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Copyright rules in France

Published on 23 January 2018

Get to grips with the framework of copyright law in France with the 2018 TerraLex Cross-Border Copyright Guide.

What are the main sources of copyright law in France?

The main source of copyright legislation in France is the Intellectual Property Code, enacted by a statute of 1 July 1992. At the time of the enactment of the Code, French Copyright law was ruled by an Act of 11 March 1957, modified by the Act of 3 July 1985. Their dispositions were incorporated in the Intellectual Property Code in 1992. 

As France is a member of the European Union, the interpretation and application of French legislation by the judiciary must be read in accordance with European Directives and Regulations which have direct effect. Further, the French courts and other EU national courts often refer questions of law to the European Court of Justice, whose decisions are binding on national courts. As a result, French copyright law is frequently added to and updated from both internal and external sources.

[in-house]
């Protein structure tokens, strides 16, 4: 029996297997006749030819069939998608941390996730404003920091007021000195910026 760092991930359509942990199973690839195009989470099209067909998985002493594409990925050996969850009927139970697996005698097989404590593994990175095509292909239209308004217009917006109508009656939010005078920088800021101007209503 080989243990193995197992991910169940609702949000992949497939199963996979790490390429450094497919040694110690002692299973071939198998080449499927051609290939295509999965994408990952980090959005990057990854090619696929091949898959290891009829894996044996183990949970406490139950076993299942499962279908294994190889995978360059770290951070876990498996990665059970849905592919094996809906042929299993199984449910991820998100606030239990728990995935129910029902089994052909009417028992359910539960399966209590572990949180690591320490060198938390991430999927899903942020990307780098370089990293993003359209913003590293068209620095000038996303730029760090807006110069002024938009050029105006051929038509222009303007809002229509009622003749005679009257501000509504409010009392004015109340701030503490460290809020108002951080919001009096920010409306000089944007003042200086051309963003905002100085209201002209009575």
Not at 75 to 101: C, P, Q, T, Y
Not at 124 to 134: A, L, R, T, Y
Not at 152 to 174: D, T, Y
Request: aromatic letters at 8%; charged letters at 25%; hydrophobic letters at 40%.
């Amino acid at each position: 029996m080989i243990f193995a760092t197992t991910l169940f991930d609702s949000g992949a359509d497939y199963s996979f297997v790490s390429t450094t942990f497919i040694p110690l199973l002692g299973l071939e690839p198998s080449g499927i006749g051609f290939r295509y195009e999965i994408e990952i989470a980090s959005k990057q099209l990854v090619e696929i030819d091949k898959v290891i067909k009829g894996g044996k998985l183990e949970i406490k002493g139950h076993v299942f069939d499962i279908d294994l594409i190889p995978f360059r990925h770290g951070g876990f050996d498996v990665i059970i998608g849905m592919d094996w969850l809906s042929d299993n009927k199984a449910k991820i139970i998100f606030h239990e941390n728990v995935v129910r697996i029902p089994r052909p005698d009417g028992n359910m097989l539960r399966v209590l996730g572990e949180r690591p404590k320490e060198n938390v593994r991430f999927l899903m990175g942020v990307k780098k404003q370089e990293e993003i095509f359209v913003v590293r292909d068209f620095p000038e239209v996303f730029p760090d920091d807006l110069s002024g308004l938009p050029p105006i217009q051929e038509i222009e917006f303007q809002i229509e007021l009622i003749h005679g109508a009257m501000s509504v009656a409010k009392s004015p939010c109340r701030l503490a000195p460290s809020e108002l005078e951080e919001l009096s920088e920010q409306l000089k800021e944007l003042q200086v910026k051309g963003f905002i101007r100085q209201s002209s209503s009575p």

France is also party to several bilateral and international conventions, such as the Berne Convention of 9 September 1886 for the protection of literary and artistic works; the Universal Geneva Convention of 6 September 1952 on author’s rights; the Rome Convention of 26 October 1961 on the protection of performers, producers of phonograms and broadcasting organisations; the Geneva Convention of 29 October 1971 for the protection of producers of phonograms against unauthorised duplication of their phonograms; and the Agreement on Trade-Related Aspects of Intellectual Property Rights (TRIPS) of 15 April 1994.

To find out more about subsistence of copyright, ownership, infringement, remedies, enforcement and copyright reform in France, download the 2018 TerraLex Cross-Border Copyright Guide.